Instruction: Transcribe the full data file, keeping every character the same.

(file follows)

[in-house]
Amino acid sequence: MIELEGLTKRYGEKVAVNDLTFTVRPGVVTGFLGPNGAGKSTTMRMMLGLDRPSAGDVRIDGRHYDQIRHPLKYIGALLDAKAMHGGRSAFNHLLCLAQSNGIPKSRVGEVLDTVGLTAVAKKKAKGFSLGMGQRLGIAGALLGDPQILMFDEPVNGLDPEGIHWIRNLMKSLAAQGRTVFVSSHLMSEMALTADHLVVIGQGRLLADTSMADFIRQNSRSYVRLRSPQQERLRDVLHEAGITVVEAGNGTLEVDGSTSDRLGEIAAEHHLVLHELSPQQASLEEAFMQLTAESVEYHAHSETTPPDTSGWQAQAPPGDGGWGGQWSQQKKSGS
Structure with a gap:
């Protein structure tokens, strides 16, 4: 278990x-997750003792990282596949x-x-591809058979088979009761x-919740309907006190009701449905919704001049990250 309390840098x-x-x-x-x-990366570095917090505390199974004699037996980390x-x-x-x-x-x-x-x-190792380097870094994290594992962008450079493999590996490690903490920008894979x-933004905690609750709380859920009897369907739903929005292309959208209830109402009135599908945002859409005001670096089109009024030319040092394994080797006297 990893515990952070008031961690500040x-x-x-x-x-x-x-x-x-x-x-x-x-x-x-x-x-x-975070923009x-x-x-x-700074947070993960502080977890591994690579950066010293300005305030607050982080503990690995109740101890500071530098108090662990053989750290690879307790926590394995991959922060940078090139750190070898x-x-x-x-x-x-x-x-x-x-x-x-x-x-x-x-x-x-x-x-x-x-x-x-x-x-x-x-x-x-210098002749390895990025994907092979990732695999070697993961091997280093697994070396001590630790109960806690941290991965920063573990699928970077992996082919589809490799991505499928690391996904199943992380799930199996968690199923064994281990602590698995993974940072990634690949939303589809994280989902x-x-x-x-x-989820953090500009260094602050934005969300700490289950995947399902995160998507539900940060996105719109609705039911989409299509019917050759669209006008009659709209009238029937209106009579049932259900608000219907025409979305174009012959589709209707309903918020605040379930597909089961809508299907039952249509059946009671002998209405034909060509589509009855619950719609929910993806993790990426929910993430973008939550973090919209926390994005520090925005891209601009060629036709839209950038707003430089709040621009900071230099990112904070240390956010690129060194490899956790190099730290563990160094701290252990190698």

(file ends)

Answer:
[in-house]
Amino acid sequence: MIELEGLTKRYGEKVAVNDLTFTVRPGVVTGFLGPNGAGKSTTMRMMLGLDRPSAGDVRIDGRHYDQIRHPLKYIGALLDAKAMHGGRSAFNHLLCLAQSNGIPKSRVGEVLDTVGLTAVAKKKAKGFSLGMGQRLGIAGALLGDPQILMFDEPVNGLDPEGIHWIRNLMKSLAAQGRTVFVSSHLMSEMALTADHLVVIGQGRLLADTSMADFIRQNSRSYVRLRSPQQERLRDVLHEAGITVVEAGNGTLEVDGSTSDRLGEIAAEHHLVLHELSPQQASLEEAFMQLTAESVEYHAHSETTPPDTSGWQAQAPPGDGGWGGQWSQQKKSGS
Structure with a gap:
């Protein structure tokens, strides 16, 4: 278990x-997750003792990282596949x-x-591809058979088979009761x-919740309907006190009701449905919704001049990250 309390840098x-x-x-x-x-990366570095917090505390199974004699037996980390x-x-x-x-x-x-x-x-190792380097870094994290594992962008450079493999590996490690903490920008894979x-933004905690609750709380859920009897369907739903929005292309959208209830109402009135599908945002859409005001670096089109009024030319040092394994080797006297 990893515990952070008031961690500040x-x-x-x-x-x-x-x-x-x-x-x-x-x-x-x-x-x-975070923009x-x-x-x-700074947070993960502080977890591994690579950066010293300005305030607050982080503990690995109740101890500071530098108090662990053989750290690879307790926590394995991959922060940078090139750190070898x-x-x-x-x-x-x-x-x-x-x-x-x-x-x-x-x-x-x-x-x-x-x-x-x-x-x-x-x-x-210098002749390895990025994907092979990732695999070697993961091997280093697994070396001590630790109960806690941290991965920063573990699928970077992996082919589809490799991505499928690391996904199943992380799930199996968690199923064994281990602590698995993974940072990634690949939303589809994280989902x-x-x-x-x-989820953090500009260094602050934005969300700490289950995947399902995160998507539900940060996105719109609705039911989409299509019917050759669209006008009659709209009238029937209106009579049932259900608000219907025409979305174009012959589709209707309903918020605040379930597909089961809508299907039952249509059946009671002998209405034909060509589509009855619950719609929910993806993790990426929910993430973008939550973090919209926390994005520090925005891209601009060629036709839209950038707003430089709040621009900071230099990112904070240390956010690129060194490899956790190099730290563990160094701290252990190698």